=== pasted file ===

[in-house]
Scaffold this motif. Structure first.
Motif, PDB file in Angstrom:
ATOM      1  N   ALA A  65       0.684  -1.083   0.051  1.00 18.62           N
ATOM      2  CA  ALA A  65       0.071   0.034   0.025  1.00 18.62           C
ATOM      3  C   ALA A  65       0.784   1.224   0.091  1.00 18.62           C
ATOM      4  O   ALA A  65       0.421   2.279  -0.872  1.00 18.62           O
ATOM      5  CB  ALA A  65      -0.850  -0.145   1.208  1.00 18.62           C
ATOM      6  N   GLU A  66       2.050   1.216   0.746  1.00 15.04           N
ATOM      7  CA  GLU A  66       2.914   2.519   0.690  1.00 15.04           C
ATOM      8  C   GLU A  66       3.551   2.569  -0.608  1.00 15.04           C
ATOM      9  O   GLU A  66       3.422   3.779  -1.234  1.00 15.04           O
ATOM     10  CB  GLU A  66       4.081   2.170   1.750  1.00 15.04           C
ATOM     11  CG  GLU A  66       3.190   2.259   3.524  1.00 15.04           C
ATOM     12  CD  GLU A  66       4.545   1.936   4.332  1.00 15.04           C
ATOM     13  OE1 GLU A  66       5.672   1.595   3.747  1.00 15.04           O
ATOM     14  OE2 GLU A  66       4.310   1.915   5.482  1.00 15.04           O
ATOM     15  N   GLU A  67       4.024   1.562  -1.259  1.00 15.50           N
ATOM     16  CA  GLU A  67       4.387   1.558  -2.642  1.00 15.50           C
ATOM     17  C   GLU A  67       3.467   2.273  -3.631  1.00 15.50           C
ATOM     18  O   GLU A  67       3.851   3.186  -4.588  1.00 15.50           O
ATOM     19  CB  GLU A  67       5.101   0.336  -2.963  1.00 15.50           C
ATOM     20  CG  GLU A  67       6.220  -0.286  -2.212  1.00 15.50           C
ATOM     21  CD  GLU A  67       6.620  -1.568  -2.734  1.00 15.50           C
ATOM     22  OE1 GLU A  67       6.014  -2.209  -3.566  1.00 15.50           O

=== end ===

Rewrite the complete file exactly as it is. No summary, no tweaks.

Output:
[in-house]
Scaffold this motif. Structure first.
Motif, PDB file in Angstrom:
ATOM      1  N   ALA A  65       0.684  -1.083   0.051  1.00 18.62           N
ATOM      2  CA  ALA A  65       0.071   0.034   0.025  1.00 18.62           C
ATOM      3  C   ALA A  65       0.784   1.224   0.091  1.00 18.62           C
ATOM      4  O   ALA A  65       0.421   2.279  -0.872  1.00 18.62           O
ATOM      5  CB  ALA A  65      -0.850  -0.145   1.208  1.00 18.62           C
ATOM      6  N   GLU A  66       2.050   1.216   0.746  1.00 15.04           N
ATOM      7  CA  GLU A  66       2.914   2.519   0.690  1.00 15.04           C
ATOM      8  C   GLU A  66       3.551   2.569  -0.608  1.00 15.04           C
ATOM      9  O   GLU A  66       3.422   3.779  -1.234  1.00 15.04           O
ATOM     10  CB  GLU A  66       4.081   2.170   1.750  1.00 15.04           C
ATOM     11  CG  GLU A  66       3.190   2.259   3.524  1.00 15.04           C
ATOM     12  CD  GLU A  66       4.545   1.936   4.332  1.00 15.04           C
ATOM     13  OE1 GLU A  66       5.672   1.595   3.747  1.00 15.04           O
ATOM     14  OE2 GLU A  66       4.310   1.915   5.482  1.00 15.04           O
ATOM     15  N   GLU A  67       4.024   1.562  -1.259  1.00 15.50           N
ATOM     16  CA  GLU A  67       4.387   1.558  -2.642  1.00 15.50           C
ATOM     17  C   GLU A  67       3.467   2.273  -3.631  1.00 15.50           C
ATOM     18  O   GLU A  67       3.851   3.186  -4.588  1.00 15.50           O
ATOM     19  CB  GLU A  67       5.101   0.336  -2.963  1.00 15.50           C
ATOM     20  CG  GLU A  67       6.220  -0.286  -2.212  1.00 15.50           C
ATOM     21  CD  GLU A  67       6.620  -1.568  -2.734  1.00 15.50           C
ATOM     22  OE1 GLU A  67       6.014  -2.209  -3.566  1.00 15.50           O